I am having surgery soon for a herniated disc in my cervical spine. I have been taking Vicodin (2 pills/day) and Naproxen. I was wondering what the difference is between Vicodin and Percocet? Would one be better than the other?
The Following User Says Thank You to poopoopadoop For This Useful Post: UrsuelaJanie (03-13-2012)
The other names for them are: hydrocodone (V) vs oxycodone (P). They are both narcotics. However, a doctor can only call in Vicodin to the Pharmacy. The patient has to have an actual script for each fill for Percocet. Percocet has No Refills, where Vicodin can have refills. Someone else here may know more differences.
But people react differently to them. People's receptor cells in their brains are different ....so some people get better relief from one drug, b/c more gets into their system through their receptor cells. I think you have to try each to see what works better for you. Good Luck with that surgery!
I agree with everyone. From my personal experience Percocet helps with the pain a lot better than Vicodin. Is your pain getting worse? I know that my dr tried to switch me from Percocet to Ultram because she told me Percocet is not a long term solution, but apparently Ultram is?
blondie...I think what your MD was trying to say is that living on any breakthrough medicine is no way to live. I mean in a Utopian world where everything is happy and perfect, no medicine would be best...but, if you need something to help settle the pain everyday, then your best bet is an Extended release medicine such as Oxycontin, MsContin, and Methadone. And no need for B/T meds. It takes some work to get top that point. But that should be the goal.
Oh, blondie...LOL...I think you hit the submit button a few extra times. LOL. Check it out!
Hi Lisa, As other have said oxycodone is stronger and has tighter controls as far as prescribing and the ability to call in versus a clas 111 med thlike hydro thant can be called in with several refils on it.
I've had 3 back surgeries and all 3 I used hydrocodne for pre-op and came home with percocet for the imediate post op pain, within a few weeks the surgeons usually step you back down to to hydrocodne and if all goes well, you should wake up from surgery with problems like leg pain relived and only have the surgical pain to deal with, That gets better in a few weeks and with simple disc surgery you can start PT within a few weeks and the hydrocodne works fine.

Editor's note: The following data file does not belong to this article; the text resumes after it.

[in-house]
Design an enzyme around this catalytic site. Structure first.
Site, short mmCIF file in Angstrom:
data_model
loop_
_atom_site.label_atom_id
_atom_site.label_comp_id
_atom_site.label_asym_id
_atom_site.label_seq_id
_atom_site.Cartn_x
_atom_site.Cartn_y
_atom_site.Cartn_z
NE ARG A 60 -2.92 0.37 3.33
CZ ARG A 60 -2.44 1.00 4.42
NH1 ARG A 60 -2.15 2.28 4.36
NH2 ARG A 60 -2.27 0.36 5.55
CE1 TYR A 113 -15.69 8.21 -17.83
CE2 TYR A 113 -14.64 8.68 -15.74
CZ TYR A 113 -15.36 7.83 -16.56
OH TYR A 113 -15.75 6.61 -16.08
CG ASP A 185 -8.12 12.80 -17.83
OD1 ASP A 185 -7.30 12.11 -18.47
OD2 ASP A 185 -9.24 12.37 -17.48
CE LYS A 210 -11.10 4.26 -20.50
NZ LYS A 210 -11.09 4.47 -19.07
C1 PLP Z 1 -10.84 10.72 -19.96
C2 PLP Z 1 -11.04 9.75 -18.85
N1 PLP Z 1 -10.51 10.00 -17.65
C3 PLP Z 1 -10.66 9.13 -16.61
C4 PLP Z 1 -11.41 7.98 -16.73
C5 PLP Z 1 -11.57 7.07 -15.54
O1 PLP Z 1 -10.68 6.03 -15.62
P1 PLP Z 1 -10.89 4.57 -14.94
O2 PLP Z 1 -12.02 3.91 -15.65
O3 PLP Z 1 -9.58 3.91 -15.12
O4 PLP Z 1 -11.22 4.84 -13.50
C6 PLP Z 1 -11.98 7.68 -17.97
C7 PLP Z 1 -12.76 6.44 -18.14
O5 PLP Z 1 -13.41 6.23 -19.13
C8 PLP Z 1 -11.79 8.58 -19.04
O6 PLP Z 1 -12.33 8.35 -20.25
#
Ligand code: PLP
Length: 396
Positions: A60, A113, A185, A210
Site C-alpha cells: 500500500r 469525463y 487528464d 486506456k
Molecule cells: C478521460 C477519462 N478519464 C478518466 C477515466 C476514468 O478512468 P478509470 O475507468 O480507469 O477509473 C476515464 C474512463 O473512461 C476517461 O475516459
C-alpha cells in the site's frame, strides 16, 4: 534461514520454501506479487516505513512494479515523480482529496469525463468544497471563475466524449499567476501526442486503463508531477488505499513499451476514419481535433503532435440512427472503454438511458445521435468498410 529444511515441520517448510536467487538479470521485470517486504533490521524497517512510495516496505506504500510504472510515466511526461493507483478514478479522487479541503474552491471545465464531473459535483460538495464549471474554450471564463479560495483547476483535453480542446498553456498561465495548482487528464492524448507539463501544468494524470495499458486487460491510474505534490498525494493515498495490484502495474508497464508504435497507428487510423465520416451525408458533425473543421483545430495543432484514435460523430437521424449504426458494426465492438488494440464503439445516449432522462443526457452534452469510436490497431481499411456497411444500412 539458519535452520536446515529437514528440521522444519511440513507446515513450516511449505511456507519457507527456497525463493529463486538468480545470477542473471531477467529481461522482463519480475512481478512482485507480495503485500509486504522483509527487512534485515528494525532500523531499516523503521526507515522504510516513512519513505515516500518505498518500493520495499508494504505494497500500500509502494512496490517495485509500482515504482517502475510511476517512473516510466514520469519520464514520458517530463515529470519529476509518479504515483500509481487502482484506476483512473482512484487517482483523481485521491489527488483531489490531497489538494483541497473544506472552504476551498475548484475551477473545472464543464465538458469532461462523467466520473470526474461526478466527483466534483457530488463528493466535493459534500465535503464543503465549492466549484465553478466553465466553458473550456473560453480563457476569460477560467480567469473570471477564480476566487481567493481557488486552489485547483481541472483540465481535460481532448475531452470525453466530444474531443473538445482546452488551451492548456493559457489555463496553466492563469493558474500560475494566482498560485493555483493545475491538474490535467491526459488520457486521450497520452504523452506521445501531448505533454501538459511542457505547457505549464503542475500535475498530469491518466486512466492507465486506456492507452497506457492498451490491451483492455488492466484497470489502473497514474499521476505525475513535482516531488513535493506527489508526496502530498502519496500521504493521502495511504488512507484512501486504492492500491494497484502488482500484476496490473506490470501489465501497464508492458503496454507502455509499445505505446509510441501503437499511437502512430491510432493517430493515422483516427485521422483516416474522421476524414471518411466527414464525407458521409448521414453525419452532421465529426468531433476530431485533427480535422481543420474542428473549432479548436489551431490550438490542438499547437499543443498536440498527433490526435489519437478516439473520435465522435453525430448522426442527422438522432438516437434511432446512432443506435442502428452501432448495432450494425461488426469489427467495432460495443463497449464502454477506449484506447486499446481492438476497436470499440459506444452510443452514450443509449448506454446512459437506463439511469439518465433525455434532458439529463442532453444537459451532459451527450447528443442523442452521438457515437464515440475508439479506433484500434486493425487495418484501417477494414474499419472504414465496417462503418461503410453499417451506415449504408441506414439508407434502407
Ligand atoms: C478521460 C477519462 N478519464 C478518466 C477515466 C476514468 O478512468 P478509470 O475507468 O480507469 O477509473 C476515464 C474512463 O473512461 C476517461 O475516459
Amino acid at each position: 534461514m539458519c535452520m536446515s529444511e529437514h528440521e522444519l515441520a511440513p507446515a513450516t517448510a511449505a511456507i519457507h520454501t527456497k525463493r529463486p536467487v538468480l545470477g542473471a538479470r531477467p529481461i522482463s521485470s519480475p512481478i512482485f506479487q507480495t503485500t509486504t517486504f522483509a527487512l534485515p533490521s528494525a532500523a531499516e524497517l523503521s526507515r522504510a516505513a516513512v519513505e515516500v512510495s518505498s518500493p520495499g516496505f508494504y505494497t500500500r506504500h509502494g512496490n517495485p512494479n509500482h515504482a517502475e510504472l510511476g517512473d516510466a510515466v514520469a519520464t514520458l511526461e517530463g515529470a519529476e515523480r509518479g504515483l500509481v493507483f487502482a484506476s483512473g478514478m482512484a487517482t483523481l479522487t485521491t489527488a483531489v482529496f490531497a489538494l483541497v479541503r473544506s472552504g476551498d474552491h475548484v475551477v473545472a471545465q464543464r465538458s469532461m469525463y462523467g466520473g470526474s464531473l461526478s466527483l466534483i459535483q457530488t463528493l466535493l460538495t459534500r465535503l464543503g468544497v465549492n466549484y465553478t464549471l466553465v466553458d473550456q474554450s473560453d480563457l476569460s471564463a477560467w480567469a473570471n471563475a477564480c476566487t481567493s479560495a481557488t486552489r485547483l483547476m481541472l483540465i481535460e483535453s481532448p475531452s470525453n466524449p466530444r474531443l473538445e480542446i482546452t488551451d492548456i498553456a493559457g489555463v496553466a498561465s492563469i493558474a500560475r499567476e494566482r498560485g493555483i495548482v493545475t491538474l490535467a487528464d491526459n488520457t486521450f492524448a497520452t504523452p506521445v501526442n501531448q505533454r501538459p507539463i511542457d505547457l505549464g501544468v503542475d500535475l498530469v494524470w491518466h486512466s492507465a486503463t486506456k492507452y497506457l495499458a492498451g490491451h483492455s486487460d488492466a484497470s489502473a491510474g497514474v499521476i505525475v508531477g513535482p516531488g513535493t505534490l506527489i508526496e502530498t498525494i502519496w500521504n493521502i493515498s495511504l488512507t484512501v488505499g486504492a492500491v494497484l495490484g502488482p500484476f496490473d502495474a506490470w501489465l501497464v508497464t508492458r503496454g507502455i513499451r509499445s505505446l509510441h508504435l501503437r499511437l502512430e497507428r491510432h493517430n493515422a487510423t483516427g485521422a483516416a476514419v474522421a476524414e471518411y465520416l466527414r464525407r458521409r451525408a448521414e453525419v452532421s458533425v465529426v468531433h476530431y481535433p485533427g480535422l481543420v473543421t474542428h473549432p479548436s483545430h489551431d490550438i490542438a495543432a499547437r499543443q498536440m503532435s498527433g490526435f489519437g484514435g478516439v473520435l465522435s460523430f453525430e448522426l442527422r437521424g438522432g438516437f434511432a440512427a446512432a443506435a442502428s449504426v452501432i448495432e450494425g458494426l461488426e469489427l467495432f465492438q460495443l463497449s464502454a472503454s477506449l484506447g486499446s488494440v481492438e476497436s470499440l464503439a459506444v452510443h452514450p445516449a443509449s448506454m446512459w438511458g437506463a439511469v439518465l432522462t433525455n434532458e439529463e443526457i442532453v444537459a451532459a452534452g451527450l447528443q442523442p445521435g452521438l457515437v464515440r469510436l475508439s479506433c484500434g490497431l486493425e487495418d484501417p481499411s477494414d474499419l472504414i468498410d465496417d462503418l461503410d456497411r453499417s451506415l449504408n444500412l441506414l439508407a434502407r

Although this is a Pain management forum, the majority of peolple here have chronic pain, meaning long lasting pain that can't or wasn't resolved by surgery, or sometimes made much worse by surgery. The odds for first time surgery are fairly good if there is something specific they intend to due. ie. If they see a disc bulge compressing a nerve which cause leg pain, once the bulge and compression is removed, this should relieve the leg pain, Just having the neuro pain relieved is a huge relief and it's simply a matter of rebuilding the muscles they cut through to get to the disc. There are also several different aproaches to disc surgery. Depending on where the bulge is, the wehow easy it is to access the sight.
You may be fortunate ebnough to have minimaly invasive surgery where they don't make large incisions and remove bone to get to the problem area. Micro discectomies or endoscopic surgery can be acomplished through tiny incisions just large enough to insert the tools, one is for light and camera to veiw the problem and another small incision for the tool to trim the bulge. Recovery time from this type of limited invasive surgery is days instead of weeks and you may not even need to step up the pain meds after a sucesful micro discectomy if the bulk of your pain was from the compressed nerve that's been relieved.
Trimming away the spinous process or cutting through the bone or lamina is called a laminnectomy/discecomy. The more invasive the surgery,the longer the recovery time. Percocet is still the standard post op take home med after a day or two of injectable or IV meds while you recover in the hospital. The goal of surgery is to relieve the pain and the folks that have successful surgery never end up at this site looking for a way to manage pain after a sucesful surgery. It's actualy a good thing they have something as simple as pecocet they can step up too for those first few weeks if you need it.
Every doc is diffent though and he may not dedcide what to send you home with untill the day of discharge based on how you are doing at the time of discharge. Ever surgery I had, they took me off IV meds and had me on orals before being discharged so they know what med was working and from there thay have their expectatuion of how long you need the stronger med and when to reduce the strength back down to something they can simply call a refill in when needed.
There are plenty of horror stories but those are the minority of outcomes. There is no reason at this point to think things won't go smoothly and you won't be back to your normal life in a matter of weeks or months and some basic PT to help strengthen and improve range of motion after surgery.
Good luck, Dave
Thanks everyone. I saw the surgeon today. He said I do need surgery ASAP (ACDF - single level). I asked for stronger meds, but instead of changing from Vicodin to something else, he wanted to put me on Prednisone. I refused since I am going to have the surgery in a week. He did say they give Percocet post-op take home. I hope that is sufficient.